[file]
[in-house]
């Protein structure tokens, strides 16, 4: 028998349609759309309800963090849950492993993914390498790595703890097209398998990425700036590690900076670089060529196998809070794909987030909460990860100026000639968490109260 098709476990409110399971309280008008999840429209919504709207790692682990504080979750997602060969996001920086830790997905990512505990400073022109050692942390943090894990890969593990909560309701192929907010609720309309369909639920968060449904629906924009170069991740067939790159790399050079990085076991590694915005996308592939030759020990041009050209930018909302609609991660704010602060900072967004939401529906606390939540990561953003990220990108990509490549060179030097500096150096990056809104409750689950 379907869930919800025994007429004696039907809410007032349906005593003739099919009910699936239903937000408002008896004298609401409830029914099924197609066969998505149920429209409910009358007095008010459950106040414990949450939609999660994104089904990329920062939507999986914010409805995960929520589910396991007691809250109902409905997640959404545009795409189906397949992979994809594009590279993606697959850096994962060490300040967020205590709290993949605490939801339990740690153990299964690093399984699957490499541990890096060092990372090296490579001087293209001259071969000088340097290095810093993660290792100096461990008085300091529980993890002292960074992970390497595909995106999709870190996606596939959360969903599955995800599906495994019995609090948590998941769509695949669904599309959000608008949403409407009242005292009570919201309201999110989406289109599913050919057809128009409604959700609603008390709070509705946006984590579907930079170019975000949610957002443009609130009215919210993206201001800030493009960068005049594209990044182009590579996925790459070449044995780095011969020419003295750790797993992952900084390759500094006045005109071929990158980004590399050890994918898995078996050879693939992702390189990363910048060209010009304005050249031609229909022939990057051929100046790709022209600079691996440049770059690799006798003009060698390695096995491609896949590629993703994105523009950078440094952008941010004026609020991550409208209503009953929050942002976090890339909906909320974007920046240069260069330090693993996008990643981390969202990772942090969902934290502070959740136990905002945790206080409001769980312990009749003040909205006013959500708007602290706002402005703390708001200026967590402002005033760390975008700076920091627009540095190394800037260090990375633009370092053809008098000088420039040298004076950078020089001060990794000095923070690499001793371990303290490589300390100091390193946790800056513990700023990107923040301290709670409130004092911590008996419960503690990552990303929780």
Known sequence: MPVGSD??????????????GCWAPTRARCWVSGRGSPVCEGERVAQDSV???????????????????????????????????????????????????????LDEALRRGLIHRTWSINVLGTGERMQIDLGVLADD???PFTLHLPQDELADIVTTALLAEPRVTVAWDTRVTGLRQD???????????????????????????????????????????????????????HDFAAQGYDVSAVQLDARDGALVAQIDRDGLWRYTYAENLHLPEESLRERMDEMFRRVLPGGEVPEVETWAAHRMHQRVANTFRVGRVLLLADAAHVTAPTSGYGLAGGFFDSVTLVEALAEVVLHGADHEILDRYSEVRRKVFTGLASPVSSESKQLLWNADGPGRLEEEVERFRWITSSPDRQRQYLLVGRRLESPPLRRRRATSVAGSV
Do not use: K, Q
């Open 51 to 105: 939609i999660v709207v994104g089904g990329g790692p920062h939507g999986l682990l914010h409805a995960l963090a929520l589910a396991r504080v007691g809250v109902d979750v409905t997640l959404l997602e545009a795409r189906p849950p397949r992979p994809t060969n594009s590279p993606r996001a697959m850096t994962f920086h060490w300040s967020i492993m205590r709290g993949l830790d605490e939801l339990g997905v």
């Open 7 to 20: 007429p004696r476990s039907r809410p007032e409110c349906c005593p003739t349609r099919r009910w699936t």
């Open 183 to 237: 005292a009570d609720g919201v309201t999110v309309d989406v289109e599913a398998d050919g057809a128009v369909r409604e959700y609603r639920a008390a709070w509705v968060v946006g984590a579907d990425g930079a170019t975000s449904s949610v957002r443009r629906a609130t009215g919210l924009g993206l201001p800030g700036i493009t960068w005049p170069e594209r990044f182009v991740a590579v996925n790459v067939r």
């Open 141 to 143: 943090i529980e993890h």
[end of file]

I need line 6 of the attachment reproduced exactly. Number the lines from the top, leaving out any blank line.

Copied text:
């Open 7 to 20: 007429p004696r476990s039907r809410p007032e409110c349906c005593p003739t349609r099919r009910w699936t």